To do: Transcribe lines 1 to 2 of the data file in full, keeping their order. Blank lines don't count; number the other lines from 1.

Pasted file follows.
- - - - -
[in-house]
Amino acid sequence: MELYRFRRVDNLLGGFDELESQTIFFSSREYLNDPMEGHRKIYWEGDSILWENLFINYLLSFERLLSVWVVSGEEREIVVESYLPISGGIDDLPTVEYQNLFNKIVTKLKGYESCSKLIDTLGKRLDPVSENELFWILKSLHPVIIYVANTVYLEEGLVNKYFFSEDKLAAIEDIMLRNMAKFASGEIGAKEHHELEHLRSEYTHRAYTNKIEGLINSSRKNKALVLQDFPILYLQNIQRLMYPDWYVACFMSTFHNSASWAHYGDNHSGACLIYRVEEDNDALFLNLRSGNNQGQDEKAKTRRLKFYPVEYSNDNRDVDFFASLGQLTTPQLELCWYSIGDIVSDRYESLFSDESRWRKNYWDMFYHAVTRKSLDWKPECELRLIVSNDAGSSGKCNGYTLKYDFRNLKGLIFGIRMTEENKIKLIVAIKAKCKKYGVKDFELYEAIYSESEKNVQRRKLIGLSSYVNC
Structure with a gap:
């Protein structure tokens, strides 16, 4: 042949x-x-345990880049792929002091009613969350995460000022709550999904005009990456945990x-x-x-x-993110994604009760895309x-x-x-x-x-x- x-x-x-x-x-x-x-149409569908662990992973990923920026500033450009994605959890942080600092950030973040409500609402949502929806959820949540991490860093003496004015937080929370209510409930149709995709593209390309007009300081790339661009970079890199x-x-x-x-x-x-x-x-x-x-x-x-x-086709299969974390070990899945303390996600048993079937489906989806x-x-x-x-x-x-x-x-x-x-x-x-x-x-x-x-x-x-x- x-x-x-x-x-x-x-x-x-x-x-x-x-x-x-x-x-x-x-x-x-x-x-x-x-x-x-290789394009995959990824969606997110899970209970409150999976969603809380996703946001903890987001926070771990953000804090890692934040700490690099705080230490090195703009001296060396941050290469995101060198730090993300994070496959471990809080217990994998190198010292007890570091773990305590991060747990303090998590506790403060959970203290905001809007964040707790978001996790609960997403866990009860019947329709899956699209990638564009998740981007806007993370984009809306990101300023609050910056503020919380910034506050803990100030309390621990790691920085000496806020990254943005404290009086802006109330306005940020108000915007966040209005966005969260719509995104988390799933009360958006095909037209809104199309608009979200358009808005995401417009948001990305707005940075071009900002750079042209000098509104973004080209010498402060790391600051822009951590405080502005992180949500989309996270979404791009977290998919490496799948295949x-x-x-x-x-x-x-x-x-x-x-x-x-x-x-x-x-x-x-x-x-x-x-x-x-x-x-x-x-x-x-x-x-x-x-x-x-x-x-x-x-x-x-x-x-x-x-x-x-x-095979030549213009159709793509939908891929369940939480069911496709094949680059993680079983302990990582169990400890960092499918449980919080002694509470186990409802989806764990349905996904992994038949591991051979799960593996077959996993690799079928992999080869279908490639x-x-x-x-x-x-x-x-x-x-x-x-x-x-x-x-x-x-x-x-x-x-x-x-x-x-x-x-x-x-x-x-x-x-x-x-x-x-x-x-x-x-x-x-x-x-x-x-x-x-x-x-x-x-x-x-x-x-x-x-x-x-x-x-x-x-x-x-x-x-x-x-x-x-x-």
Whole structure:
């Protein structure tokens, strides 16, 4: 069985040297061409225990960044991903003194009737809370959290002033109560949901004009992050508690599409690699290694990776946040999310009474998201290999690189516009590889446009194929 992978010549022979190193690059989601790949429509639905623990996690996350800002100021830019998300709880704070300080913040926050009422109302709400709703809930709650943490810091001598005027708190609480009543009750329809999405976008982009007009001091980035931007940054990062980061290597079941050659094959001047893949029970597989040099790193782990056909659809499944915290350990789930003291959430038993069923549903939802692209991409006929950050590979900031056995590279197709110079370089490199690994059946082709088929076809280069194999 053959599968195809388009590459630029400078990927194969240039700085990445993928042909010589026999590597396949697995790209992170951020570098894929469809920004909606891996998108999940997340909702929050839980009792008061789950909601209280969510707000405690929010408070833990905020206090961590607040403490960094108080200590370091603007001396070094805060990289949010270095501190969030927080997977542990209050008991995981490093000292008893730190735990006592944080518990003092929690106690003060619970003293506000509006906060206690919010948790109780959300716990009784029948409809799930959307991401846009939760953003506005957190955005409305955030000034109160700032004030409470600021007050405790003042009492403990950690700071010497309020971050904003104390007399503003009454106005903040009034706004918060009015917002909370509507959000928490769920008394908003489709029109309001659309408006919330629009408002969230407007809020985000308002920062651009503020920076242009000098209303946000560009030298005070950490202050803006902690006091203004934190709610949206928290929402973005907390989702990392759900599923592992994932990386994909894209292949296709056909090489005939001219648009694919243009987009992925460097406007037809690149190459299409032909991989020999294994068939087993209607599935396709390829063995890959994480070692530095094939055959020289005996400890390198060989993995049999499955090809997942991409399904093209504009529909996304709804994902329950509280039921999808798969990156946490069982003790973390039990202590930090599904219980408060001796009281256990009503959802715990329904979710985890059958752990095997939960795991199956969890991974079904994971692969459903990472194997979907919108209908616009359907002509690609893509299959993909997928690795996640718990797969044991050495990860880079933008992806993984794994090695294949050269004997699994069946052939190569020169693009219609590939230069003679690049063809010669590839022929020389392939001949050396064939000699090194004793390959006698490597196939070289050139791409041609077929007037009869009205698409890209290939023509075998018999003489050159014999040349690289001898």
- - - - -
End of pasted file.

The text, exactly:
[in-house]
Amino acid sequence: MELYRFRRVDNLLGGFDELESQTIFFSSREYLNDPMEGHRKIYWEGDSILWENLFINYLLSFERLLSVWVVSGEEREIVVESYLPISGGIDDLPTVEYQNLFNKIVTKLKGYESCSKLIDTLGKRLDPVSENELFWILKSLHPVIIYVANTVYLEEGLVNKYFFSEDKLAAIEDIMLRNMAKFASGEIGAKEHHELEHLRSEYTHRAYTNKIEGLINSSRKNKALVLQDFPILYLQNIQRLMYPDWYVACFMSTFHNSASWAHYGDNHSGACLIYRVEEDNDALFLNLRSGNNQGQDEKAKTRRLKFYPVEYSNDNRDVDFFASLGQLTTPQLELCWYSIGDIVSDRYESLFSDESRWRKNYWDMFYHAVTRKSLDWKPECELRLIVSNDAGSSGKCNGYTLKYDFRNLKGLIFGIRMTEENKIKLIVAIKAKCKKYGVKDFELYEAIYSESEKNVQRRKLIGLSSYVNC